Treasuries advance as yields near 7-week highs spur demand
LOWER IMPORT PRICES and an unexpected increase in consumer spending in April helped drive the yield of U.S. Treasury notes higher on Monday.
BLOOMBERG NEWS FILE PHOTO/VICTOR J. BLUE
By Susanne Walker Bloomberg News
NEW YORK - Treasury 10-year notes gained for the first time in four days as yields at almost seven-week highs attracted buyers betting subdued inflation will bolster the value of the debt’s fixed payments.
The benchmark 10-year yields dropped earlier as German investor confidence rose less than economists forecast, stoking concern that global growth is faltering and spurring demand for the safest assets. Federal Reserve Bank of Philadelphia President Charles Plosser reiterated his view that the Fed should begin to curtail bond purchases as early as its next meeting.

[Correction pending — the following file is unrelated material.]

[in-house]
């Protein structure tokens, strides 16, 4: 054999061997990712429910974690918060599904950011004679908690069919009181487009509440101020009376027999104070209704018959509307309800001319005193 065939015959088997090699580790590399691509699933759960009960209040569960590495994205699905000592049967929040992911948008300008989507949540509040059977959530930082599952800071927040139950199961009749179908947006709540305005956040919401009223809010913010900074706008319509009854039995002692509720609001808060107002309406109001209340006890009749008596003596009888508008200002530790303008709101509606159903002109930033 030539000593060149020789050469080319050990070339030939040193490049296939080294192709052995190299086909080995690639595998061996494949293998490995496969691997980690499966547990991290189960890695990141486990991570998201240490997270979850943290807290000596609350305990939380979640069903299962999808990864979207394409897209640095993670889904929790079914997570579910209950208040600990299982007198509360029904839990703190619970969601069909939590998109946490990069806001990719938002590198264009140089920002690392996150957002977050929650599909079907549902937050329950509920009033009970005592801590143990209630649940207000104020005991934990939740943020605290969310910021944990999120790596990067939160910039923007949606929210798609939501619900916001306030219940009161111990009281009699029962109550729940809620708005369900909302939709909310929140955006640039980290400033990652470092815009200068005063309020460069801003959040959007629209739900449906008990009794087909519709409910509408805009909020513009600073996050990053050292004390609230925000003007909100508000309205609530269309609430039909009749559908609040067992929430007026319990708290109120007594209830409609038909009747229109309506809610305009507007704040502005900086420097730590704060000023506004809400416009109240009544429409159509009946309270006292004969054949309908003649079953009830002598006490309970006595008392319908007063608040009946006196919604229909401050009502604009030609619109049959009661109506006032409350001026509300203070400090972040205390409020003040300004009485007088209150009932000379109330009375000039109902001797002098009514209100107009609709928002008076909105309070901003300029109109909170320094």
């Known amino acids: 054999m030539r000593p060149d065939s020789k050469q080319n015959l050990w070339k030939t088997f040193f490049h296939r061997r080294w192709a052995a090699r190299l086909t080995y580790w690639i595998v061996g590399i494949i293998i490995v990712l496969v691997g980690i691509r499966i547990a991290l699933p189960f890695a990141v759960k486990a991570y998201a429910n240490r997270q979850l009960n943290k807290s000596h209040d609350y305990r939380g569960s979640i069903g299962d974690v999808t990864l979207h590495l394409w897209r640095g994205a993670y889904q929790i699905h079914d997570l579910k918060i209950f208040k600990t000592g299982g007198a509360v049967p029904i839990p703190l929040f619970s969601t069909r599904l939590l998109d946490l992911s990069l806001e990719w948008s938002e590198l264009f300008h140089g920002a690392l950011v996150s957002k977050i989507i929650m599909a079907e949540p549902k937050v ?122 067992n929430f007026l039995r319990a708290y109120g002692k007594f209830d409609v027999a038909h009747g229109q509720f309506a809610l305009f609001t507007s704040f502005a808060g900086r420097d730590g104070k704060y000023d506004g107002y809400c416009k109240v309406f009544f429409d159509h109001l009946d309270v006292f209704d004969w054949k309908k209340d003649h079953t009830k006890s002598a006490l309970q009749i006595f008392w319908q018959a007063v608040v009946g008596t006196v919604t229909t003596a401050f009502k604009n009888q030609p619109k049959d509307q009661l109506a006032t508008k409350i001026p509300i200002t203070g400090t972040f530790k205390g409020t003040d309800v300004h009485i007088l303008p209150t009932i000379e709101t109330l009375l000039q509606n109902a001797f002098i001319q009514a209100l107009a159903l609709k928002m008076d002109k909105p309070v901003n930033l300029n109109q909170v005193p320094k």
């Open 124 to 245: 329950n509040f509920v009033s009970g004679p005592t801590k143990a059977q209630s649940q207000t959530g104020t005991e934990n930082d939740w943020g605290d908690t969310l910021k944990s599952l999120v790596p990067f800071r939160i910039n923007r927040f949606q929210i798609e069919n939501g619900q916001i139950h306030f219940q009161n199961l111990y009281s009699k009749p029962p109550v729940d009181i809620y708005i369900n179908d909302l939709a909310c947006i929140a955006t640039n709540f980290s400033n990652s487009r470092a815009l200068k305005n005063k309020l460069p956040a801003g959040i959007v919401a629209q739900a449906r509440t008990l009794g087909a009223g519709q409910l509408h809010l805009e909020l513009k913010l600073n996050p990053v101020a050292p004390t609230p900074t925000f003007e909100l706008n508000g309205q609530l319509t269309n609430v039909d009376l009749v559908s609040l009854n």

“The market was probably a little oversold,” said Thomas Roth, senior Treasury trader in New York at Mitsubishi UFJ Securities USA Inc. “We had a pretty good move. We could get a correction over the next couple of days.
The yield on 10-year U.S. notes fell three basis points, or 0.03 percentage points, to 1.90 percent at 9:04 a.m. in New York, according to Bloomberg Bond Trader prices. The 1.75 percent note due in May 2023 gained 7/32, or $2.19 per $1,000 face amount, to $98 22/32. The yield climbed to 1.94 percent yesterday, the highest level since March 26.
Central banks around the world have been buying bonds and cutting interest rates in a bid to boost growth and stave off the risk of deflation.
“Should inflation expectations begin to fall, we might need to take action to defend our inflation goal, but at this point, I do not see inflation or deflation as a serious threat in the near term,” Plosser said Tuesday in a speech in Stockholm.
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